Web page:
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Yamaha’s Advanced Motorcycle Stabilization Assist System

Controlling drive and steering forces for rider-machine unity and peace of mind for all motorcyclists.

Last year, Yamaha Motor announced its Jin-Ki Kanno x Jin-Ki Anzen Safety Vision, which aims to create a world free of accidents together with its customers. The three pillars of the approach are:

  1. Technology that assists with rider recognition, judgment, operation and damage mitigation
  2. Skills, in which it encourages improvement of users’ riding skills
  3. Connectivity, where the Cloud is used to provide feedback for safety initiatives.

To highlight the Technology pillar in this issue, here are the aims and value Yamaha’s Advanced Motorcycle Stabilization Assist System (AMSAS) offers.

A Rider Aid to Enhance Stability with Starts and at Low Speeds

Accidents involving motorcycles have been attributed primarily to recognition errors (10%), decision errors (17%) and operation errors (5%) on the part of the rider. Data also indicates that approximately 70% of motorcycle accidents occur within two seconds of the trigger leading to the accident. Based on these analyses of accident causes, Yamaha Motor’s development of rider aids is underway according to four vectors: assisted danger prediction, damage prevention and assisted defensive riding, assisted evasive riding maneuvers and damage mitigation.

Unveiled last year, AMSAS stabilizes a vehicle’s attitude at low speeds by controlling drive forces and steering forces. “[Its most distinctive feature is] its approach to use an arrangement highly applicable to existing vehicles, since it does not require any modifications to the frame,” said Project Leader Akitoshi Suzuki. The prototype system under development uses a production YZF-R25 for its platform and is equipped with a six-axis inertial measurement unit (IMU) along with drive and steering actuators.

The drive actuator mounted on the front wheel. (Yamaha)

AMSAS is a rider aid that focuses on the instability a motorcycle experiences when starting off or when riding at low speeds and works to enhance the stability of the vehicle during these moments. “When starting or stopping, the drive actuator fitted to the front wheel aids with stability, and from there up to about 5 km/h, the steering actuator attached to the handlebars takes over,” explained Suzuki. Through the coordination of the two, the mid-development AMSAS prototype vehicle can move at walking speeds without falling over, regardless of the skill level of the rider aboard.

A Technology Platform Adaptable to Various Mobility Applications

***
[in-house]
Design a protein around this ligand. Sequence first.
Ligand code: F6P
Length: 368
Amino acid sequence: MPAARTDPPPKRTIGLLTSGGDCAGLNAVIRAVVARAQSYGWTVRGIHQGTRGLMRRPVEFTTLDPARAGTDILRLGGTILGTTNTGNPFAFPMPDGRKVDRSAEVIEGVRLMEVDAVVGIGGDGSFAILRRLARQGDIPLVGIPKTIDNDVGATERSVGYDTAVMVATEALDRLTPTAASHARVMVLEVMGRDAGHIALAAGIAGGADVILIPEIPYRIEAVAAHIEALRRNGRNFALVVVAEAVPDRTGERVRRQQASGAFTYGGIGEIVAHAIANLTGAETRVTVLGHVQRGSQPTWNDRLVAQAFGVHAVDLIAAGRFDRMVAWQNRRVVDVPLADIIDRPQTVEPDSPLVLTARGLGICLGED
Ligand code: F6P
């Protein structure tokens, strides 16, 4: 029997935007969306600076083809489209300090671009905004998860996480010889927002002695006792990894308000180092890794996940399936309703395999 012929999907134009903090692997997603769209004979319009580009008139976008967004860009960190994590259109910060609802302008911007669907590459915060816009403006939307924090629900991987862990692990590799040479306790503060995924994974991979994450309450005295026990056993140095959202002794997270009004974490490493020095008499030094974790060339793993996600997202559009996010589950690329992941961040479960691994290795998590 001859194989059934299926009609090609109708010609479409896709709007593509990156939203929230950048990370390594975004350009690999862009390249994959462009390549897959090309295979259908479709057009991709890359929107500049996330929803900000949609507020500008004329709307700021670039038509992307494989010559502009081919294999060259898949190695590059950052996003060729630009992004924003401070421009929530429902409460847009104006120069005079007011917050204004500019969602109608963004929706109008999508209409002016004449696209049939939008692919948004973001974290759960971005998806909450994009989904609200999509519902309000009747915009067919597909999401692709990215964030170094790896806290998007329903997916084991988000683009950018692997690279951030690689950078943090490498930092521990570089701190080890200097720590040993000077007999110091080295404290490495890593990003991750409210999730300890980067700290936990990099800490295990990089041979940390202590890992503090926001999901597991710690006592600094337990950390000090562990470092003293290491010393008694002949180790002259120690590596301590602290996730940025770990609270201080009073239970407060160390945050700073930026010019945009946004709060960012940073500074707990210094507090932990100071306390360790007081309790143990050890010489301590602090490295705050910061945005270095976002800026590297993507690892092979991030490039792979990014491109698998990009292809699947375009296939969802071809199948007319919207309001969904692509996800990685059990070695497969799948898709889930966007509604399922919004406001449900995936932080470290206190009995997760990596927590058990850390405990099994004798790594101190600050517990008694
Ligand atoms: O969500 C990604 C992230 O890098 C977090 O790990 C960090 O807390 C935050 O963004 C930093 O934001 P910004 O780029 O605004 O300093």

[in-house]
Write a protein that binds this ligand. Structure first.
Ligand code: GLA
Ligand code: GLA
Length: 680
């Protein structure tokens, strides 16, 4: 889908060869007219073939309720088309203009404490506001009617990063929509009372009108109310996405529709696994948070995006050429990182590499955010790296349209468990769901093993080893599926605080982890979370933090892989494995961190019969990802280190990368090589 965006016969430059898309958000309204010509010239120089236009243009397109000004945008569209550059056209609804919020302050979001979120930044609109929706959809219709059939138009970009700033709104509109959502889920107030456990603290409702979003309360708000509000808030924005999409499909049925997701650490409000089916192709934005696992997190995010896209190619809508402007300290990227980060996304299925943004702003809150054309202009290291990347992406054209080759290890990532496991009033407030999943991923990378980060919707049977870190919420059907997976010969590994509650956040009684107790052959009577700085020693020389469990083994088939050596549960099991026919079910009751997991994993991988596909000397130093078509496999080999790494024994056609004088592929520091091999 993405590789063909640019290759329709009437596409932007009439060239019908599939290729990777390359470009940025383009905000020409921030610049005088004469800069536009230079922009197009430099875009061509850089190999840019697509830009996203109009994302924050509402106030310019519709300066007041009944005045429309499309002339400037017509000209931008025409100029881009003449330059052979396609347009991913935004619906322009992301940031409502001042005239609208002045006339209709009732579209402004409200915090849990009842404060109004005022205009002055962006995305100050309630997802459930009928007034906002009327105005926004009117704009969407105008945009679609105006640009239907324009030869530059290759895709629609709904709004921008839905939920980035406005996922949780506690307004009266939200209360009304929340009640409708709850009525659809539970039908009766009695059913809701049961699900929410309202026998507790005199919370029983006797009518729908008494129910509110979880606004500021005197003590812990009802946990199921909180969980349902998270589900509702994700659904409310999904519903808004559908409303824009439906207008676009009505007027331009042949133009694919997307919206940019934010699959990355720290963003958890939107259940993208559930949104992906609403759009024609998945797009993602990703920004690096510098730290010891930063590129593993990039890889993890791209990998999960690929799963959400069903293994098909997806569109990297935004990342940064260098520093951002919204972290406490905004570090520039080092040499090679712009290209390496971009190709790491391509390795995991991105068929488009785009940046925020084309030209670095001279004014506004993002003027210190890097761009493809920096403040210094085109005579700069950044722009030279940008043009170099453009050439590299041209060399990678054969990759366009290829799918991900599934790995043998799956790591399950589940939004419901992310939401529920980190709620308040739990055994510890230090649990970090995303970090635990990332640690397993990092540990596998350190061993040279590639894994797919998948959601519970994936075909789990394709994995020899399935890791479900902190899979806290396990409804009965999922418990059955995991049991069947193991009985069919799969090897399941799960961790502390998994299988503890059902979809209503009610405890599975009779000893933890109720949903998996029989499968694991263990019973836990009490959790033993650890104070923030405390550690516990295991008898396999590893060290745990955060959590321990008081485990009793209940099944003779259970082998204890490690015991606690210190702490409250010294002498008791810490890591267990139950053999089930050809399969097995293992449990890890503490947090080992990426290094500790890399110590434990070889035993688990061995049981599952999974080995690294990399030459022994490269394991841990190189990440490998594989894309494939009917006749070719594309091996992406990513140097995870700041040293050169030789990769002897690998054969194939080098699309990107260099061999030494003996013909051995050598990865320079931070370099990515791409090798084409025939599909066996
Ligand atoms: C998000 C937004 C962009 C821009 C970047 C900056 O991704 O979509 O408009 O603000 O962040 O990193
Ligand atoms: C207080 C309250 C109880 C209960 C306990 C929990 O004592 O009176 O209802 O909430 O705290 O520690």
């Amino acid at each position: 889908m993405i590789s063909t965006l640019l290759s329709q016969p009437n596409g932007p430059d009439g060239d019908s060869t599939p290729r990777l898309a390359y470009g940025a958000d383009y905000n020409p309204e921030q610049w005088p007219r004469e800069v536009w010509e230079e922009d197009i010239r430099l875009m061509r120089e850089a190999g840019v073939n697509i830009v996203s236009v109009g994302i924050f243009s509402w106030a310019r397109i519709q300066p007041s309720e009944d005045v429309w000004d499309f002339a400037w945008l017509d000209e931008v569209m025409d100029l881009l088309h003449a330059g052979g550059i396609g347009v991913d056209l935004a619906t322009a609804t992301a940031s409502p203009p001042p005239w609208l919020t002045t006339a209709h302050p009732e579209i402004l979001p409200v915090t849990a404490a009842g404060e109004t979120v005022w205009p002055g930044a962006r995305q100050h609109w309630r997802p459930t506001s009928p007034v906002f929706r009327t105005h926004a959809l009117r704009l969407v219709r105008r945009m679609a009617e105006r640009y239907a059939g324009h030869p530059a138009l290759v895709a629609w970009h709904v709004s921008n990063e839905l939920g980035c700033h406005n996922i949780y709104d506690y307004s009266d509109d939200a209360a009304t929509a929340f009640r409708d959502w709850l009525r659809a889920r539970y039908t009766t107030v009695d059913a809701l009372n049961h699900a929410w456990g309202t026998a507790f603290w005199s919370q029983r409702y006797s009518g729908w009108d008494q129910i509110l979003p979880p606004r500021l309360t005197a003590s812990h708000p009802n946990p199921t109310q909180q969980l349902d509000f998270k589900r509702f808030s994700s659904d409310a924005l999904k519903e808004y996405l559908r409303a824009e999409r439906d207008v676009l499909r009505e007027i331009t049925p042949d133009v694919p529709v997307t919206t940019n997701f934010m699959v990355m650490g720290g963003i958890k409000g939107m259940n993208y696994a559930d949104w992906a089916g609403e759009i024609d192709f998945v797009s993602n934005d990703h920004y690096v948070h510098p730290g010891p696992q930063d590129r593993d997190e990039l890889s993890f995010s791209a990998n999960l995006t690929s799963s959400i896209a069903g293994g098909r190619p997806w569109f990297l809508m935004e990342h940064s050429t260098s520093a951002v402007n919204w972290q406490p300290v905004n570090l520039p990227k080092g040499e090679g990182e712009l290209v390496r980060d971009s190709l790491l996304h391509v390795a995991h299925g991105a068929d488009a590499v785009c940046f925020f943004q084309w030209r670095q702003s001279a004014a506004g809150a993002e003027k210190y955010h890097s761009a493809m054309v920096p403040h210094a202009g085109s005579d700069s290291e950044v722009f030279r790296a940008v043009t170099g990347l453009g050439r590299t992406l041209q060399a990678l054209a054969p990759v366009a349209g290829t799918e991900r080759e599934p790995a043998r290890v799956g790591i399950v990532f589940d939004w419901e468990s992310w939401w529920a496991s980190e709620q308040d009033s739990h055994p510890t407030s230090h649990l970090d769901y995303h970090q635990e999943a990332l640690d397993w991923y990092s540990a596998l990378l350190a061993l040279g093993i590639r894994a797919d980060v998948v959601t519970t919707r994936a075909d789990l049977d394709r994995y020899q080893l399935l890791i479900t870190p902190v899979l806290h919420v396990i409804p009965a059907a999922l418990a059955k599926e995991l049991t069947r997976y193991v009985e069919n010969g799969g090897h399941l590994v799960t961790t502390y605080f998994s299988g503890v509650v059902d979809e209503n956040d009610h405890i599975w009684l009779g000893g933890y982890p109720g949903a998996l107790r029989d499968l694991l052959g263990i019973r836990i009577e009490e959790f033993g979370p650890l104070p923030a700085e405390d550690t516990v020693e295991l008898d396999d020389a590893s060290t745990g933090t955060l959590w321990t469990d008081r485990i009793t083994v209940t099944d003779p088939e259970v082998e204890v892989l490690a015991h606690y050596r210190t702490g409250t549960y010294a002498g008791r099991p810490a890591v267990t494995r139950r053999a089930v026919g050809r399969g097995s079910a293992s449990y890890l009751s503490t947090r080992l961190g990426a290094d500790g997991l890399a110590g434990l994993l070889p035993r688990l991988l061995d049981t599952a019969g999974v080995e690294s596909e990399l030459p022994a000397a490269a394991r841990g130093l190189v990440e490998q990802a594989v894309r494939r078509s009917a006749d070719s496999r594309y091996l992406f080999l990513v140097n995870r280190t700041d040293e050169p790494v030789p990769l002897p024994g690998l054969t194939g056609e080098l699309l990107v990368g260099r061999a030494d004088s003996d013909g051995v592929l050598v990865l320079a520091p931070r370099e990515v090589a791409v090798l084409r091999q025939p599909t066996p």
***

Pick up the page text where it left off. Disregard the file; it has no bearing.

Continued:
Yamaha Motor once made headlines when it unveiled the MOTOBOT, an autonomous motorcycle-riding humanoid robot, and MOTOROiD, a proof-of-concept experimental motorcycle equipped with AI and self-balancing technology. “The R&D for AMSAS began with the idea of bringing the technologies and know-how acquired through developing these two models to customers around the world,” said Suzuki.

Jun Sakamoto, who handles safety strategy at Yamaha, explained the value AMSAS aims to offer: “It’s to create conditions where the rider can focus more on operating their bike, so that everyone can enjoy that sense of being one with your machine. By providing an assist when the bike is more unstable and requires skill to operate, we want to deliver fun rooted in peace of mind to a wide range of riders.”

Yamaha Advanced Motorcycle Stabilization Assist System (AMSAS)
The steering actuator mounted on the handlebars. (Yamaha)

Yamaha has set a target of reducing the number of fatal motorcycle accidents to zero by 2050 and is ramping up efforts according to the three aforementioned pillars of Technology, Skills and Connectivity. AMSAS is one technology with the potential to become a pivotal rider aid if used in conjunction with other technologies, like the radar-linked Unified Brake System — the first of its kind in the world —already deployed on the TRACER 9 GT+.

“With the base technologies in place now, we’re halfway to our goal of bringing AMSAS’ value to customers,” asserted Suzuki. He and the team have high aspirations for the technology: “From here on, we’ll be working to downscale the sizes of the various components and so on, as we want to develop it into a platform not just for motorcycles but one also adaptable to a wide range of other personal mobility applications, like bicycles.”

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